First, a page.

Artist brings paintings to new heights

November 07, 2005|by DAVE McMILLION

SHEPHERDSTOWN, W.Va. - Diana Suttenfield's paintings are looking up, way up.

Suttenfield has been a professional artist since about 1970, and many of her works have focused on landscape scenes in Jefferson and Washington counties.

Suttenfield said she believed she had developed her own style, but she was looking for something more.

She said she wanted more of an emphasis on skies in her pastel paintings, but the black paper she used as a base for her works was not conducive to creating the scenes she envisioned.

Suttenfield switched to a white "museum board," and her paintings moved into a new realm.

By allowing some of the museum board to show through, Suttenfield has been able to produce vivid sky scenes, such as the one she produced in the painting, "How Fair This View."


The painting depicts a view of the Blue Ridge Mountain from Shepherd Grade Road just outside of Shepherdstown and includes nearby landmarks such as the old James Rumsey Bridge over the Potomac River.

But the emphasis here is blue sky, and lots of it.

The giant painting measures 56 inches by 40 inches, and about three-fourths of the picture is devoted to blue skies and billowing clouds.

Skies become the theme again in Suttenfield's painting "Katrina," named after the hurricane that ripped through Louisiana and Mississippi.

The entire scene in the painting shows a band of clouds which are dark and threatening near the bottom of the picture, but gradually brighten near the top.

"I didn't want it to be too depressing and ominous," Suttenfield said from inside the AIIA gallery where 41 of her new works are on display.

The picture gradually gives way to blue sky at the top, which Suttenfield said she created to convey a sense of hope and optimism.

Suttenfield has created more than 1,000 works over the years, and her art has been exhibited around West Virginia and the world and is part of private collections owned by United Airlines, U.S. Department of the Interior and the National Park Service.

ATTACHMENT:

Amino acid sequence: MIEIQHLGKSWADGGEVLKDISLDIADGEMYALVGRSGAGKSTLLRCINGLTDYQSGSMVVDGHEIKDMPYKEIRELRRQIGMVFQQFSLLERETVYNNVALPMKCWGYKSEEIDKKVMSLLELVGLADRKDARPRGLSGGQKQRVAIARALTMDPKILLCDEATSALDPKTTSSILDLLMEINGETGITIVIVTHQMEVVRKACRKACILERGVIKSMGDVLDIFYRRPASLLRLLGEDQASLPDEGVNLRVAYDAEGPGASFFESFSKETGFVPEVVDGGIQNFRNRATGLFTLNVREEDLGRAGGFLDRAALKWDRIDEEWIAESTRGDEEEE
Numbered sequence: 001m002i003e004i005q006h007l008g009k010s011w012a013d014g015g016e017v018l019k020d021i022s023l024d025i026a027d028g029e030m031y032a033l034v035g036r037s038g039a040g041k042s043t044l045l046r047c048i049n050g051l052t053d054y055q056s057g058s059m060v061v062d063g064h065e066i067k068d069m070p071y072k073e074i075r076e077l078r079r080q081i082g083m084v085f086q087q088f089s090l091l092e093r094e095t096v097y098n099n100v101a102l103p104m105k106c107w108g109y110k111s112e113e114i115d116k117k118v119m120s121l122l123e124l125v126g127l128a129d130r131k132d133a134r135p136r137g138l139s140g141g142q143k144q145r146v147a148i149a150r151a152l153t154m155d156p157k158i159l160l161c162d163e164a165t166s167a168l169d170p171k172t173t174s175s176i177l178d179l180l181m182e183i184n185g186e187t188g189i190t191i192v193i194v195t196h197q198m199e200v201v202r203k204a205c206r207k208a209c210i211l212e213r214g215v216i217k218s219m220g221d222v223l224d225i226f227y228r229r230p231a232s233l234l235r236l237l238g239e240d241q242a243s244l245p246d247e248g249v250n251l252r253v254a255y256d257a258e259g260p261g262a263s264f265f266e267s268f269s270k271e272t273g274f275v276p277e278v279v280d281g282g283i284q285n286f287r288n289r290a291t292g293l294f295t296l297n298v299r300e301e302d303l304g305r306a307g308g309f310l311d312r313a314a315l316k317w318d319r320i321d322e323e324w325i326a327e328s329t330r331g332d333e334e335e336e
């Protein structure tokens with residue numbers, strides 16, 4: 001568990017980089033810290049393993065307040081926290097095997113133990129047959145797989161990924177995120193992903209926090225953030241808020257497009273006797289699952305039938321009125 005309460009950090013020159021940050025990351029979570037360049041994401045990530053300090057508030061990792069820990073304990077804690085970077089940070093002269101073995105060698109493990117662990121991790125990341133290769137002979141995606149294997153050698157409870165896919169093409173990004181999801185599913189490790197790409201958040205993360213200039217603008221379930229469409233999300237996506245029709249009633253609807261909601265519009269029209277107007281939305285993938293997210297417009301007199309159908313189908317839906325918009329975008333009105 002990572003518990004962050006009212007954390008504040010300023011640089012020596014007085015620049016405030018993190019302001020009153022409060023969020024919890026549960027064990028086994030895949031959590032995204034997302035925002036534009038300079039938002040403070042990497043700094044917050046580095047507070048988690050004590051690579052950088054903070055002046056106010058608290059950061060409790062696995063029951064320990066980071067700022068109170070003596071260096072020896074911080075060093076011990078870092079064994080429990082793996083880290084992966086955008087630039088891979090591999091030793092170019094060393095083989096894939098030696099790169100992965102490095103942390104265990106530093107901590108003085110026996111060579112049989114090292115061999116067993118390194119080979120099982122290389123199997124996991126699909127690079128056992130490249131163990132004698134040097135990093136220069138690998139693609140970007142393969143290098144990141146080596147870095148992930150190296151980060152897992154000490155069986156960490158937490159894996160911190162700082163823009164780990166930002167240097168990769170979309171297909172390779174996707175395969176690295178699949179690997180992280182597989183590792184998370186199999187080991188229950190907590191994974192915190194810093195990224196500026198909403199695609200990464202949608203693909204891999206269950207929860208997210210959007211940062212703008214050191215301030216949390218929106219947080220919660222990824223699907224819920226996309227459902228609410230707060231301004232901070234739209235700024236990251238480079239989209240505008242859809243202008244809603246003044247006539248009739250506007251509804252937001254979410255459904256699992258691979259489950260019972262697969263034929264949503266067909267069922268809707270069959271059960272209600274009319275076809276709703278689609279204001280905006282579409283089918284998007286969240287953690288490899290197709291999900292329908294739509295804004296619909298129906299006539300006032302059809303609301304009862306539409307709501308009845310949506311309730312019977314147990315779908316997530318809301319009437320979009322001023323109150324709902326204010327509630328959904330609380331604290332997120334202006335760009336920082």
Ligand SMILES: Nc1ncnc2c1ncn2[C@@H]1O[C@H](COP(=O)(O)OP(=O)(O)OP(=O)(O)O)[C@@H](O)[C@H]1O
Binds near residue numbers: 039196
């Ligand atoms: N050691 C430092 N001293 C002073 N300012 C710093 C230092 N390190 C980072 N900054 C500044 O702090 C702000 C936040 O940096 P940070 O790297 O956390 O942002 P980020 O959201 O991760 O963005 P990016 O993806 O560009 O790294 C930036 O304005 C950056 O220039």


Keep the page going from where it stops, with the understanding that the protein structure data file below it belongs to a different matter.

Despite her success, Suttenfield is not resting on her laurels, and is instead pushing ahead with her new style which she said is making painting more intriguing to her.

"I think I'm finding my voice. Now it's a new adventure," Suttenfield said.

Most of the 41 new works exhibited at the AIIA gallery along Flowing Springs Road were created by Suttenfield within the last year.

Suttenfield paints in her house off Morgan's Grove Road and said creating artwork is a constant process for her.

"If I'm not painting, I'm thinking about painting," said Suttenfield, who often is searching for local scenes to reflect in her paintings.

The 41 works at AIIA gallery, which range in price from $285 to $3,000, will be on display until Saturday.

The new works also reveal Suttenfield's use of Diane Townsend's pastels, which Suttenfield uses to create more soft pictures of local scenes compared to the crisp images that have dominated her work in the past.

Charles Johnson, an Art in America critic, described Suttenfield's works as having "stunning techniques." Suttenfield has a full understanding of pastels' potentials and limitations and said the "eye is dazzled" by the works, according to a review by Johnson which is being distributed by AIIA.

Suttenfield started her career in pen and ink and later began using color pencils. From there, Suttenfield moved into watercolors, oils and pastels.

Not all of her works meet the public's eye.

Suttenfield said for every one of the works at AIIA, about three to six hit the trash.

Suttenfield's works have been exhibited in the Governor's Mansion and the Sunrise Museum in Charleston, W.Va., the Stiffel Fine Arts Center in Wheeling, W.Va., West Virginia University and the Washington County Museum of Fine Arts.

Suttenfield's artwork has been exhibited through the U.S. State Department's Art in Embassies Program, which involves exhibiting American artwork in embassies around the world to help illustrate U.S. culture.

The Herald-Mail Articles